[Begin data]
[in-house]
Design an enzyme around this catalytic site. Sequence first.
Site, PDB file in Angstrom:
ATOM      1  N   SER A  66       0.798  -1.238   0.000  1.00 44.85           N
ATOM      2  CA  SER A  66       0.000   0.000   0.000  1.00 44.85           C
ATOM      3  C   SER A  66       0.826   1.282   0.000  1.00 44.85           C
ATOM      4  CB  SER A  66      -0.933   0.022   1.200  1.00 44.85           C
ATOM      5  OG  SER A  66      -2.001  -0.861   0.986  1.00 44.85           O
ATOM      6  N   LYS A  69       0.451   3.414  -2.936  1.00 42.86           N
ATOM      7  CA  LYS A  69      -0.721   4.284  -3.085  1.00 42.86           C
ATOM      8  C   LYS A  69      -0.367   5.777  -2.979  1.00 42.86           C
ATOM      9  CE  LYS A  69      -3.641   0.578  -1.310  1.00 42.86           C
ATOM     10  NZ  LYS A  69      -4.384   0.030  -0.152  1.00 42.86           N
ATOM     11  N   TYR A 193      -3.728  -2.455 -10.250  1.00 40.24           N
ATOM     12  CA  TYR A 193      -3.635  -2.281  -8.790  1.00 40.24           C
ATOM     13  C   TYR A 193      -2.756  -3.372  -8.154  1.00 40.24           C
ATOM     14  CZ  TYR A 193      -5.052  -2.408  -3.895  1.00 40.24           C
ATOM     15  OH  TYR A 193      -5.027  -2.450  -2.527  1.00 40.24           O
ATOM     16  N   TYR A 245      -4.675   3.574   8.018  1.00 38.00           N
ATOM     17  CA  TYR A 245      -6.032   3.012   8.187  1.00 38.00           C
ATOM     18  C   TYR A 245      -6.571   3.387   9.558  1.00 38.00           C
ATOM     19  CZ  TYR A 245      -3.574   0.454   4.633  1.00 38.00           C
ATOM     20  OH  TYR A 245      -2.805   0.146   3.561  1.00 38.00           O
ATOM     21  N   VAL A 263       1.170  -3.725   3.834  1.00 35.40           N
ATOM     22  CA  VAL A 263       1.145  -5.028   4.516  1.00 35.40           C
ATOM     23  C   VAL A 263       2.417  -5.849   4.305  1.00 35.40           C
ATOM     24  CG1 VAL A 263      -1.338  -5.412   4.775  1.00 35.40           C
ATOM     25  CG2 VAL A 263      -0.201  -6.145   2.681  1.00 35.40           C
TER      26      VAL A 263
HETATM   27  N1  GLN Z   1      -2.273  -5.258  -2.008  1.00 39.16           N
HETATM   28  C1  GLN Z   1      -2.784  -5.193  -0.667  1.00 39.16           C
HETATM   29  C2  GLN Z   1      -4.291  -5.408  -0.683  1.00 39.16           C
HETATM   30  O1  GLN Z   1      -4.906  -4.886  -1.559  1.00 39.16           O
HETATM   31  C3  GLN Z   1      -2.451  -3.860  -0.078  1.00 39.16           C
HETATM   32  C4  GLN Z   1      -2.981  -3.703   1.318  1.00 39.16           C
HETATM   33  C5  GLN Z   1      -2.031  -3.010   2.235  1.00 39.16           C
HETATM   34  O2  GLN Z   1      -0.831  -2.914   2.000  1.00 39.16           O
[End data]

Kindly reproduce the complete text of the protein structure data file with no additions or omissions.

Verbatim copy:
[in-house]
Design an enzyme around this catalytic site. Sequence first.
Site, PDB file in Angstrom:
ATOM      1  N   SER A  66       0.798  -1.238   0.000  1.00 44.85           N
ATOM      2  CA  SER A  66       0.000   0.000   0.000  1.00 44.85           C
ATOM      3  C   SER A  66       0.826   1.282   0.000  1.00 44.85           C
ATOM      4  CB  SER A  66      -0.933   0.022   1.200  1.00 44.85           C
ATOM      5  OG  SER A  66      -2.001  -0.861   0.986  1.00 44.85           O
ATOM      6  N   LYS A  69       0.451   3.414  -2.936  1.00 42.86           N
ATOM      7  CA  LYS A  69      -0.721   4.284  -3.085  1.00 42.86           C
ATOM      8  C   LYS A  69      -0.367   5.777  -2.979  1.00 42.86           C
ATOM      9  CE  LYS A  69      -3.641   0.578  -1.310  1.00 42.86           C
ATOM     10  NZ  LYS A  69      -4.384   0.030  -0.152  1.00 42.86           N
ATOM     11  N   TYR A 193      -3.728  -2.455 -10.250  1.00 40.24           N
ATOM     12  CA  TYR A 193      -3.635  -2.281  -8.790  1.00 40.24           C
ATOM     13  C   TYR A 193      -2.756  -3.372  -8.154  1.00 40.24           C
ATOM     14  CZ  TYR A 193      -5.052  -2.408  -3.895  1.00 40.24           C
ATOM     15  OH  TYR A 193      -5.027  -2.450  -2.527  1.00 40.24           O
ATOM     16  N   TYR A 245      -4.675   3.574   8.018  1.00 38.00           N
ATOM     17  CA  TYR A 245      -6.032   3.012   8.187  1.00 38.00           C
ATOM     18  C   TYR A 245      -6.571   3.387   9.558  1.00 38.00           C
ATOM     19  CZ  TYR A 245      -3.574   0.454   4.633  1.00 38.00           C
ATOM     20  OH  TYR A 245      -2.805   0.146   3.561  1.00 38.00           O
ATOM     21  N   VAL A 263       1.170  -3.725   3.834  1.00 35.40           N
ATOM     22  CA  VAL A 263       1.145  -5.028   4.516  1.00 35.40           C
ATOM     23  C   VAL A 263       2.417  -5.849   4.305  1.00 35.40           C
ATOM     24  CG1 VAL A 263      -1.338  -5.412   4.775  1.00 35.40           C
ATOM     25  CG2 VAL A 263      -0.201  -6.145   2.681  1.00 35.40           C
TER      26      VAL A 263
HETATM   27  N1  GLN Z   1      -2.273  -5.258  -2.008  1.00 39.16           N
HETATM   28  C1  GLN Z   1      -2.784  -5.193  -0.667  1.00 39.16           C
HETATM   29  C2  GLN Z   1      -4.291  -5.408  -0.683  1.00 39.16           C
HETATM   30  O1  GLN Z   1      -4.906  -4.886  -1.559  1.00 39.16           O
HETATM   31  C3  GLN Z   1      -2.451  -3.860  -0.078  1.00 39.16           C
HETATM   32  C4  GLN Z   1      -2.981  -3.703   1.318  1.00 39.16           C
HETATM   33  C5  GLN Z   1      -2.031  -3.010   2.235  1.00 39.16           C
HETATM   34  O2  GLN Z   1      -0.831  -2.914   2.000  1.00 39.16           O